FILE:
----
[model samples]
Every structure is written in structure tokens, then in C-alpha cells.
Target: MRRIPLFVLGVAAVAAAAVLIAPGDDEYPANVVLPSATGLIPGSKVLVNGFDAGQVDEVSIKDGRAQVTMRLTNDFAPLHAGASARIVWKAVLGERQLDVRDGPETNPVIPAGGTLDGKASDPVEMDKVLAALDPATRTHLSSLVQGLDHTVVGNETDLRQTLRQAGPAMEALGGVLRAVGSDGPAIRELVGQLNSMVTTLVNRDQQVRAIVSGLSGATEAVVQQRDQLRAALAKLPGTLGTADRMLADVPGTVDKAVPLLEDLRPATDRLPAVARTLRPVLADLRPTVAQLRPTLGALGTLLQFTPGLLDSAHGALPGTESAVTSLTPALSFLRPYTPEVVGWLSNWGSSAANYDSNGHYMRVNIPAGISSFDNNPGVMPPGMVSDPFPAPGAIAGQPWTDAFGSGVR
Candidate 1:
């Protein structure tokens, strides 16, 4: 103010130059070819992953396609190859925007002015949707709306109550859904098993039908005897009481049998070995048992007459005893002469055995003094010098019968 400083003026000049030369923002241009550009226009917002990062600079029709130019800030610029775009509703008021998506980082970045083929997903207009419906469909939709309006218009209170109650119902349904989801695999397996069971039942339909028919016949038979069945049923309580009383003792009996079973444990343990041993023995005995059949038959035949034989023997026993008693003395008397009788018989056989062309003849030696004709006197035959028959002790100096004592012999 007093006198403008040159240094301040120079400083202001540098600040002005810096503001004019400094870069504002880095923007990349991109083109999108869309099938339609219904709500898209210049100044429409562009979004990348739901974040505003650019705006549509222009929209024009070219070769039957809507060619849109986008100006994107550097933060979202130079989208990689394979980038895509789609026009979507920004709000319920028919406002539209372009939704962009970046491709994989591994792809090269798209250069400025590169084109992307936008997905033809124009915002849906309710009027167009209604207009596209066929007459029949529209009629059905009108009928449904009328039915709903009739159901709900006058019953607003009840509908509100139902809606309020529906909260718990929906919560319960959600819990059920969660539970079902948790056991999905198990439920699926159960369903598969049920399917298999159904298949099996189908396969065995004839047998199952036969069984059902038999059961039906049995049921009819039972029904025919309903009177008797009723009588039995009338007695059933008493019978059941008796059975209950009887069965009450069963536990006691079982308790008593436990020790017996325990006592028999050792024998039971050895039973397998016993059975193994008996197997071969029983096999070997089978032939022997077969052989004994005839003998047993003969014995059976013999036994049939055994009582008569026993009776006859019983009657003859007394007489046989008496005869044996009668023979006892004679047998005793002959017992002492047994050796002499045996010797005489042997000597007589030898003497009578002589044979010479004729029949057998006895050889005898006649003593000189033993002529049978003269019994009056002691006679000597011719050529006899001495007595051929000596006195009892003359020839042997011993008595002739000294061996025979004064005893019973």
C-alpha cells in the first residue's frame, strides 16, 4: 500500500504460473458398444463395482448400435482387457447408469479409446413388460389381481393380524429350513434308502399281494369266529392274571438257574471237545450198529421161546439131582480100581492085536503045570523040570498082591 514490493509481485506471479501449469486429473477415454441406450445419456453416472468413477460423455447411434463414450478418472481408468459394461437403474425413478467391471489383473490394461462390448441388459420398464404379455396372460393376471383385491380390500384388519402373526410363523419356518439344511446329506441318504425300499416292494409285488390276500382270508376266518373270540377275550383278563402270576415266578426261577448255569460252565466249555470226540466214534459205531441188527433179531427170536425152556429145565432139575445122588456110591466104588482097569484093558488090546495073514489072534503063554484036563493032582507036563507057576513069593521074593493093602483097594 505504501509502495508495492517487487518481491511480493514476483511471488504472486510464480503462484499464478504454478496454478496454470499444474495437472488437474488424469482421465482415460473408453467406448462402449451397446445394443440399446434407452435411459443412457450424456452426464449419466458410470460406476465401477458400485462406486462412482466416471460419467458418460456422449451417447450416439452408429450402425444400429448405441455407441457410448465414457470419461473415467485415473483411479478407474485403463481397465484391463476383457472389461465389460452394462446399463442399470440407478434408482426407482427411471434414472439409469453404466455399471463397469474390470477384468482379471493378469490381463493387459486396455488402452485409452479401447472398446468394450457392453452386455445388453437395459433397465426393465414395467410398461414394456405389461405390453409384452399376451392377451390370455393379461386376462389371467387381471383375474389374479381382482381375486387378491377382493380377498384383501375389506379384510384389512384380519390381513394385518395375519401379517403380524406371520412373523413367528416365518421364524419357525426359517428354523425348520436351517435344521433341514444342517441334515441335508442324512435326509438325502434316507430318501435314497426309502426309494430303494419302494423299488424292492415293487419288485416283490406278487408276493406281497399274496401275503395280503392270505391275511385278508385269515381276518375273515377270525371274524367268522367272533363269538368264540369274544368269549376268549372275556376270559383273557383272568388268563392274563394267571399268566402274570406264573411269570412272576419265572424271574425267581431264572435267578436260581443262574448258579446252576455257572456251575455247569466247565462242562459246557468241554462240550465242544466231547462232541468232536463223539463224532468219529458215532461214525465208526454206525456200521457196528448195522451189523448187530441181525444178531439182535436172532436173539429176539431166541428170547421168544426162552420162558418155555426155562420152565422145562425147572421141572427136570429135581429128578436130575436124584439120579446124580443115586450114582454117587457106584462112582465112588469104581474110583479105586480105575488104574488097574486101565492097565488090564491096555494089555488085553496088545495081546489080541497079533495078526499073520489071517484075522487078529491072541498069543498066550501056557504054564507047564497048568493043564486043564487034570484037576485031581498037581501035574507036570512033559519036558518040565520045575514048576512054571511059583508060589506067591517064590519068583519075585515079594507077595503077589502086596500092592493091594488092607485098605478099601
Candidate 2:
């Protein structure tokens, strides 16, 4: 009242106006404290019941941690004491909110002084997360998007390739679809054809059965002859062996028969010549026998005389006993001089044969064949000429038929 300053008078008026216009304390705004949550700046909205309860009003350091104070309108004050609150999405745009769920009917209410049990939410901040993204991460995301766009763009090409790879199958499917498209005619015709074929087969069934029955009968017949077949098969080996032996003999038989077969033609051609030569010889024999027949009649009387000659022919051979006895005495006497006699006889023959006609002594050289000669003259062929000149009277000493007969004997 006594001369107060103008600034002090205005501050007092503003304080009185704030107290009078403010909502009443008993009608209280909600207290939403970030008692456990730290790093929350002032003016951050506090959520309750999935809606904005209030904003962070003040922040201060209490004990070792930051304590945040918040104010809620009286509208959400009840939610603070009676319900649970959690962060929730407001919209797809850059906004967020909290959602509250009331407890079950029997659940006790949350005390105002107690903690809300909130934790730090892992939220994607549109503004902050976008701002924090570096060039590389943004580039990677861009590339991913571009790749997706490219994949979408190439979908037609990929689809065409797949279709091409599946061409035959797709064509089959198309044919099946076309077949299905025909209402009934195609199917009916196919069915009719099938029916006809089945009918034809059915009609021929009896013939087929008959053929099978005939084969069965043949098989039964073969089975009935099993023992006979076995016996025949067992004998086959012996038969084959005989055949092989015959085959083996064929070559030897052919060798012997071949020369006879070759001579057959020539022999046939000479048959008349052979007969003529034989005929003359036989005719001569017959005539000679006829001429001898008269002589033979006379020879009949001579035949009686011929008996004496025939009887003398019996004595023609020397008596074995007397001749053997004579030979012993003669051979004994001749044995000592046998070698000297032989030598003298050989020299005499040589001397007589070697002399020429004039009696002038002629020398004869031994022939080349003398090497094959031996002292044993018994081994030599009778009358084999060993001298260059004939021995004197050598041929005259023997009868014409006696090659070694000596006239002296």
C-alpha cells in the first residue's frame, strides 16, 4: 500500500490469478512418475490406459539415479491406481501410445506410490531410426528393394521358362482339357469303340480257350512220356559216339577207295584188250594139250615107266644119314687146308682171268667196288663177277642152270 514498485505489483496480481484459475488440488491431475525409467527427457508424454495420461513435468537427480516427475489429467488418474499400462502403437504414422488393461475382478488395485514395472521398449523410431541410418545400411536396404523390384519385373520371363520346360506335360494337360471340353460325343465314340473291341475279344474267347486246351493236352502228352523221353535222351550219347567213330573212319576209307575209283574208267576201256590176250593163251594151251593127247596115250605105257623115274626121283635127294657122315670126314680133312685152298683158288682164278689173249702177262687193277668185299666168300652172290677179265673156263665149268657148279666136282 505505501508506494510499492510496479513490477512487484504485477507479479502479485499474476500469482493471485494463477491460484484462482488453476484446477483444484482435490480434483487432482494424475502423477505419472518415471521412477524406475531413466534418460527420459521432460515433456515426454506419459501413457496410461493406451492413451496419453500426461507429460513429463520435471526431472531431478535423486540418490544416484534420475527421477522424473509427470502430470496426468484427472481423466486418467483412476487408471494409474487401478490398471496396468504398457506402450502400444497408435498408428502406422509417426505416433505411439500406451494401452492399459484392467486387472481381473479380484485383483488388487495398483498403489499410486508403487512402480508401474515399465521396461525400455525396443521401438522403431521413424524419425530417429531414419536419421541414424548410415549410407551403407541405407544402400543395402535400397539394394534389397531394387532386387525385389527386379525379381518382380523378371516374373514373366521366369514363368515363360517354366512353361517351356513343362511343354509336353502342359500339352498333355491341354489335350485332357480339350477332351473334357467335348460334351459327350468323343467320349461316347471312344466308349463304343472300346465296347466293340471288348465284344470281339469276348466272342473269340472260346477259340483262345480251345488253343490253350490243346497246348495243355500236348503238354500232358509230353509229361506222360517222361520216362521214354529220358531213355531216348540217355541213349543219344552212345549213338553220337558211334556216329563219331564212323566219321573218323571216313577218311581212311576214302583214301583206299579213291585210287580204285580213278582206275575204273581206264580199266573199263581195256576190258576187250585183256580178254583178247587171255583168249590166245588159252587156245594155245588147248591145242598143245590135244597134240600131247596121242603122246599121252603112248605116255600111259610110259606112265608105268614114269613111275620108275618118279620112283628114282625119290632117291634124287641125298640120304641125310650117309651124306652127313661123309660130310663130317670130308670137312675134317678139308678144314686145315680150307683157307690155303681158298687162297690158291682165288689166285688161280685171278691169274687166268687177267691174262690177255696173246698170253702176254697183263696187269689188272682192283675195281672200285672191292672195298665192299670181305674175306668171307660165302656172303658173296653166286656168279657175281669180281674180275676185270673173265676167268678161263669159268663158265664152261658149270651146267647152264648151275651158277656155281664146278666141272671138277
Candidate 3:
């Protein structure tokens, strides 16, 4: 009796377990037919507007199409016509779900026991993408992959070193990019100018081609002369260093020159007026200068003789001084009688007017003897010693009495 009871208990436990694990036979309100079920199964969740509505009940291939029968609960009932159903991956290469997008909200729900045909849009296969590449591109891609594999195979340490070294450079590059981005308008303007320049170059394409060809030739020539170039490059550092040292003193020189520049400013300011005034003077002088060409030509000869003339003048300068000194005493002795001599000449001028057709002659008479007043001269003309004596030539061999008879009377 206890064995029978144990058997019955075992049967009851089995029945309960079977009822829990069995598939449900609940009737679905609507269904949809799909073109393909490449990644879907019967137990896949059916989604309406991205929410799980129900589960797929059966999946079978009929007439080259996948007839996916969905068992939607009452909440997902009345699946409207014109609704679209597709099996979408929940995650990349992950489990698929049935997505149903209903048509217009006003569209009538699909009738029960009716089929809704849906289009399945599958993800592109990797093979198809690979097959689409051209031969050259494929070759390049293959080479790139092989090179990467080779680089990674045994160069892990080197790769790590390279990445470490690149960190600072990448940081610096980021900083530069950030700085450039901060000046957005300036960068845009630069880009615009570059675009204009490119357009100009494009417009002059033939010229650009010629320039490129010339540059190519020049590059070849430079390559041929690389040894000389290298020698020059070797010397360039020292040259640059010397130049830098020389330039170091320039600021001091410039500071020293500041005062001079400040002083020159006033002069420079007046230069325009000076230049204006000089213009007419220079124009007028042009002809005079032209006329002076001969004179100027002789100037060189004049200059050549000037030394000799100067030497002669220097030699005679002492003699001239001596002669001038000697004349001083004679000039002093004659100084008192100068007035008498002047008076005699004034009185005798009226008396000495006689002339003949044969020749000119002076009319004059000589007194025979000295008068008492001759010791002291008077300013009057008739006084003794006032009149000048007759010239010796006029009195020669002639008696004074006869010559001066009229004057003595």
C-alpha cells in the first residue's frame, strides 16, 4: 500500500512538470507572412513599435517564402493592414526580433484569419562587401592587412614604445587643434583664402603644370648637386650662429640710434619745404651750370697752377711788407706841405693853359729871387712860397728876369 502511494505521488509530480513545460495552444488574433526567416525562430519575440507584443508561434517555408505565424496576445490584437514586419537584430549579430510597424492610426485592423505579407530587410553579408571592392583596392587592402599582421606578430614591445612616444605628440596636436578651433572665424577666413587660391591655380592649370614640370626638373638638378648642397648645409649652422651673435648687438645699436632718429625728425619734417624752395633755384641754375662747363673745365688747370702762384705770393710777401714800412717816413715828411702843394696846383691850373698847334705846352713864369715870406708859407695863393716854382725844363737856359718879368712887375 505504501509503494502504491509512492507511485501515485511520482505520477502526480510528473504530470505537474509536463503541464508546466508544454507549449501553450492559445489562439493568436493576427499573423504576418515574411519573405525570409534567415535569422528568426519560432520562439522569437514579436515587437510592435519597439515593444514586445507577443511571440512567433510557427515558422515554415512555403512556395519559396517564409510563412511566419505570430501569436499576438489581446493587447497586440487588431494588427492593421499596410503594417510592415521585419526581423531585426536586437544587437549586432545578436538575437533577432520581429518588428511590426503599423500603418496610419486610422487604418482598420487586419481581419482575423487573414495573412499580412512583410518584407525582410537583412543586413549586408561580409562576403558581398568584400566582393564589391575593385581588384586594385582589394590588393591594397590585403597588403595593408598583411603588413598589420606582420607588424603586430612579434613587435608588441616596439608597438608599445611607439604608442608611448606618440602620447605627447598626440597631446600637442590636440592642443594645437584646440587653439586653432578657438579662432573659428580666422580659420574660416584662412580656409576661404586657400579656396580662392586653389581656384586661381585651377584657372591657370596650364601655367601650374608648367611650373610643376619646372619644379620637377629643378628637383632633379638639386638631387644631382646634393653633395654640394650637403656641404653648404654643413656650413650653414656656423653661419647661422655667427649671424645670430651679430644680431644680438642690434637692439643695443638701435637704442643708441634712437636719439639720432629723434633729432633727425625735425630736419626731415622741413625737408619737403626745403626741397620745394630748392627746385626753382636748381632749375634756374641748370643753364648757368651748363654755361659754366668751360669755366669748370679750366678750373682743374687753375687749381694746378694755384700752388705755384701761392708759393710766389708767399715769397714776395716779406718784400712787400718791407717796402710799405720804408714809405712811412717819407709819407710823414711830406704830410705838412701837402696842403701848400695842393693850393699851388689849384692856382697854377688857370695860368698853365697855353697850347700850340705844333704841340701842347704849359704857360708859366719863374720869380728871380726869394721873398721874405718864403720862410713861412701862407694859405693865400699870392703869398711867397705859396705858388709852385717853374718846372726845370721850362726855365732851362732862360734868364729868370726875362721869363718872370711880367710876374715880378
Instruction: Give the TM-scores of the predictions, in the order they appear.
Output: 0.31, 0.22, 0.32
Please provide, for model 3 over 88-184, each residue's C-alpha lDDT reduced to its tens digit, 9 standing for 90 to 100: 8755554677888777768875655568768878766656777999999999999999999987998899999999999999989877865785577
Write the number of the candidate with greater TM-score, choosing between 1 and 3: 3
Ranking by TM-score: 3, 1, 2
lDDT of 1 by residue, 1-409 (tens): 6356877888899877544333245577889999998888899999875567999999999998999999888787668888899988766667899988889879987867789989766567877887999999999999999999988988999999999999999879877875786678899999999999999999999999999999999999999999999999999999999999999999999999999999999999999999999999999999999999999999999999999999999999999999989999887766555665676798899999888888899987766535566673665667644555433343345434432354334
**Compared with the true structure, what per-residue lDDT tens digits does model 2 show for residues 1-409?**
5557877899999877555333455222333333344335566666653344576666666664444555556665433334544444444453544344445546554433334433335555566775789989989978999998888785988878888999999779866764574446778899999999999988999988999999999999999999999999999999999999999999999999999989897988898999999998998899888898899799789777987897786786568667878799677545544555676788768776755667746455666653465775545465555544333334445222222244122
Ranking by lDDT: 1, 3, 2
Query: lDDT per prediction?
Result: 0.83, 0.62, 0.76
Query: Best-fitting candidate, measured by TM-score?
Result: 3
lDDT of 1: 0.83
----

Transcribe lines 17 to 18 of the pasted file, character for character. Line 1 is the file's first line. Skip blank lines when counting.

Ranking by TM-score: 3, 1, 2
lDDT of 1 by residue, 1-409 (tens): 6356877888899877544333245577889999998888899999875567999999999998999999888787668888899988766667899988889879987867789989766567877887999999999999999999988988999999999999999879877875786678899999999999999999999999999999999999999999999999999999999999999999999999999999999999999999999999999999999999999999999999999999999999999999989999887766555665676798899999888888899987766535566673665667644555433343345434432354334